Life after death | Fox 5 Films

The latest Fox 5 Film is a tale of life and death and all the lessons you learn in your final days. (Music courtesy of Rodrigo Nassif Quarteto; songs by Fendas, YMB, Fronteira)


After years of fighting, battling, and living to survive, Youssef Cohen said he was ready. The 68-year-old has mesothelioma. When the cancer was first diagnosed in 2012, Cohen did all the treatment: chemotherapy, surgery, radiation. But the mesothelioma came back. And when mesothelioma comes back, it usually kills you, he said.

Cohen said he doesn't want to die but made his peace with it. That peace gave the former NYU faculty member who was raised in Brazil a new perspective on life. He says he enjoys his life as he has never enjoyed it before.

It is hard to believe those words. His last days, he says, have been the best of his life. He said he found meaning in the little things about daily life. He also said he finds meaning in the intimacy and closeness with people.

We met him the day before he and his wife Lindsay were traveling to Oregon, a right-to-die state. He had also advocated for end-of-life options with Compassion and Choices, a group pushing for legislation in New York.

Cohen said that the thought of having the option to end one's life takes a lot of the fear out of it. He said it gives one the capacity to enjoy life and do the things that one loves to do. He said it is not an easy choice to decide to take a drug that is going to kill him.


When music needs to feed the soul, Charla Burton often knows what note to play. She is a creative arts therapist with Metropolitan Jewish Health Systems. At home hospice care, she mends spirits and eases physical pain for those at the end of life.

She said music is a way to help patients regain that sense of dignity and strength. She said she wants to make the end of their lives that much more meaningful.

Her clients on the day Fox 5 spoke to her were Walter Morris, 93, a cancer patient, and his wife of 60 years, Elaine.

Burton said her clients learn a lot about life when facing death. And she said she has learned a lot, too. She said she has learned to not sweat the small stuff. But the biggest lesson is that the important things in life are love and family.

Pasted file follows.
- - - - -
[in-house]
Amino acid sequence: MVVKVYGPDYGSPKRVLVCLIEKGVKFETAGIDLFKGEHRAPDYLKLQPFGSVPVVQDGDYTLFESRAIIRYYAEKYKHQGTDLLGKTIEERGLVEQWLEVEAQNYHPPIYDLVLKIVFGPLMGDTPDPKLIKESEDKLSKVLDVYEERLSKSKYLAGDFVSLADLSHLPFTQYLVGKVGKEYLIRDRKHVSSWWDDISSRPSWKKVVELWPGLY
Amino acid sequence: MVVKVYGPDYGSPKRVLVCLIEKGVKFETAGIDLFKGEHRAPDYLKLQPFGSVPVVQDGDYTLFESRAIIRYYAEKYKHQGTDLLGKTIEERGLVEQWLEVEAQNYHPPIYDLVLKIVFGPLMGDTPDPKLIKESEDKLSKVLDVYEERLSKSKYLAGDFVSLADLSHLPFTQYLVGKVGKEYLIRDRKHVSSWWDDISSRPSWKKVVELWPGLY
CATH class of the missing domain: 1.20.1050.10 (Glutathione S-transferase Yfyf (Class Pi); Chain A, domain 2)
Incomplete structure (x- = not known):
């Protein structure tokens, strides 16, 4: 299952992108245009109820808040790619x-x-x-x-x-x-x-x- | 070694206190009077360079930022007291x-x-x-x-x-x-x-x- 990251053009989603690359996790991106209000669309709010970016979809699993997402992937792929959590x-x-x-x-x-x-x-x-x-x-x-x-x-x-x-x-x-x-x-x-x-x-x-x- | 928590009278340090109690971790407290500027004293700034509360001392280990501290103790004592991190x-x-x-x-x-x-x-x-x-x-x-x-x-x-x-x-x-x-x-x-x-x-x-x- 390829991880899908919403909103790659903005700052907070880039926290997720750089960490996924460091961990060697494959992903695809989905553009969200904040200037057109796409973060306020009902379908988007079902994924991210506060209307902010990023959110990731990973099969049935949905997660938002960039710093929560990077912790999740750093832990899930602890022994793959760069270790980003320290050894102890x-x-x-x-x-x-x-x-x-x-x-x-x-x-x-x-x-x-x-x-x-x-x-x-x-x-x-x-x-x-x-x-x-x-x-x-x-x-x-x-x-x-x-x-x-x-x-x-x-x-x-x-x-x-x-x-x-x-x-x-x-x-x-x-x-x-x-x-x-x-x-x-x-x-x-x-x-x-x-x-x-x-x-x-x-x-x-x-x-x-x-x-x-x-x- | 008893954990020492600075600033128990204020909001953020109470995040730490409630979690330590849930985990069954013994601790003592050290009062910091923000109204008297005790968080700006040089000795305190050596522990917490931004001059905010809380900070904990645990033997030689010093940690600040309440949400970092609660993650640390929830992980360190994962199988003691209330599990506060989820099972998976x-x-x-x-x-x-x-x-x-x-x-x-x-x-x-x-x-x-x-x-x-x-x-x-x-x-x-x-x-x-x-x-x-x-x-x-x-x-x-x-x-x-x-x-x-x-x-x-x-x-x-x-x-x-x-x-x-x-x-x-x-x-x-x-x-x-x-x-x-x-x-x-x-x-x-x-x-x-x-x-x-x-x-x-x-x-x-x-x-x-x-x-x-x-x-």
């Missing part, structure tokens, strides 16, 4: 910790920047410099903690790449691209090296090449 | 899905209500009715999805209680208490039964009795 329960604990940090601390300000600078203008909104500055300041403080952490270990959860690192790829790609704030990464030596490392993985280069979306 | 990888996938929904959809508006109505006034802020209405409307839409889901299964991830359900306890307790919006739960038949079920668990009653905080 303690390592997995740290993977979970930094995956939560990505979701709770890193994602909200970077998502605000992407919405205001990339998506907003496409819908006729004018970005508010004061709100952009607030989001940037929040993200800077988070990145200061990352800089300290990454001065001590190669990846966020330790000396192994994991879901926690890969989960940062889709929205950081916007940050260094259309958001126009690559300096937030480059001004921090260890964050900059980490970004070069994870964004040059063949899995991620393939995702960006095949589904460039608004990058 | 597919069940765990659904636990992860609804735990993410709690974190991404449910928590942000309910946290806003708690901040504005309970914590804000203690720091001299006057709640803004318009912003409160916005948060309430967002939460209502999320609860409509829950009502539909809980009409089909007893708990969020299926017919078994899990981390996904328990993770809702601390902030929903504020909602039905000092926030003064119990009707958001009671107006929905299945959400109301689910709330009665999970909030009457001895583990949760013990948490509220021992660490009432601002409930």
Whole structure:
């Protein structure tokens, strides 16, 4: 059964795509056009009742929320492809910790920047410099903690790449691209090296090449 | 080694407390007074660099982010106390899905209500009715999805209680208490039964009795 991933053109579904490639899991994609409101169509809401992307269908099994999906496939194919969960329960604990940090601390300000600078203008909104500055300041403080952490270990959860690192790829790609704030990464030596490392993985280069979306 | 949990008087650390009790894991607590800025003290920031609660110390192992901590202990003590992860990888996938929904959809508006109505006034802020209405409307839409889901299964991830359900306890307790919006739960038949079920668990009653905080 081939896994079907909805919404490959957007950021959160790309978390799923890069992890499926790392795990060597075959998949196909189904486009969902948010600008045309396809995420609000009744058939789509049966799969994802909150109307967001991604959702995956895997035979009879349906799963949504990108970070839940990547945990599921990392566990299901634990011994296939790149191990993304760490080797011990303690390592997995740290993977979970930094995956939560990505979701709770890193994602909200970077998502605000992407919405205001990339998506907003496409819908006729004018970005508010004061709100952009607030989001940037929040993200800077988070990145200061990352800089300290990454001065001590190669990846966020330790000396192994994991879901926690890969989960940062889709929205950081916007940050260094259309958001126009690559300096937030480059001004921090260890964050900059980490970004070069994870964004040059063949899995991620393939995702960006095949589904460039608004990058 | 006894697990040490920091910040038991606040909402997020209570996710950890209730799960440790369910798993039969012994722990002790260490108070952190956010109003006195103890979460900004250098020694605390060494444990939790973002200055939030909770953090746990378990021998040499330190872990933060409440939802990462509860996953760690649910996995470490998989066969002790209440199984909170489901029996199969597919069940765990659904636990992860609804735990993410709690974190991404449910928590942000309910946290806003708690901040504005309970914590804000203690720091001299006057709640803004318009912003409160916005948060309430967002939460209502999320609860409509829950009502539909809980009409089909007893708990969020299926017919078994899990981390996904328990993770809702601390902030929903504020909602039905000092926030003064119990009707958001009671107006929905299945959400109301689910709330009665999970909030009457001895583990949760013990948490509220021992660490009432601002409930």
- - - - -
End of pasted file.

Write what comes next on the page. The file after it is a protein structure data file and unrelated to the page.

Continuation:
Eunju Lee is a social worker with Visiting Nurse Service New York Hospice with the Haven Specialty Unity. As a hospice care social worker, Lee helps families through some of the most vulnerable times.

She said that she was drawn to the profession because she knew that you learn how to live life when you're closer to death.

She said that that being closer to someone's grief allows her to tap into her own sadness and grief and loss. She said it is a reminder of how fragile we are.

Dr. Leonard Bakalchuk is a visiting physician who cares for VNSNY Hospice and Palliative Care patients in their homes. He said that people tend to die the way they lived. He said that they help people come to terms with their death and to see this as a new phase of their life.


Creating illuminated letters are among the many joys that brightened Youssef Cohen's final days. He said he decided to do golden letters for all his friends. He made more than 50.

He brought the artwork with him to Oregon, where he met with doctors who would prescribe him legal end-of-life medications. He never used it. Six days after our interview, the man who would have turned 69 in July started to deteriorate.

His last moments were spent with family those he loved by his side. His beloved Brazilian bossa nova music was playing in the room as his fight, his journey, his life here on earth ended in hospice care.

He told us that one becomes much freer with other people, much less judgmental, much more compassionate about other people because one realizes that we're all in the same boat and that everyone, one day will have to face what he faced.

Youssef Cohen died on March 31, 2016.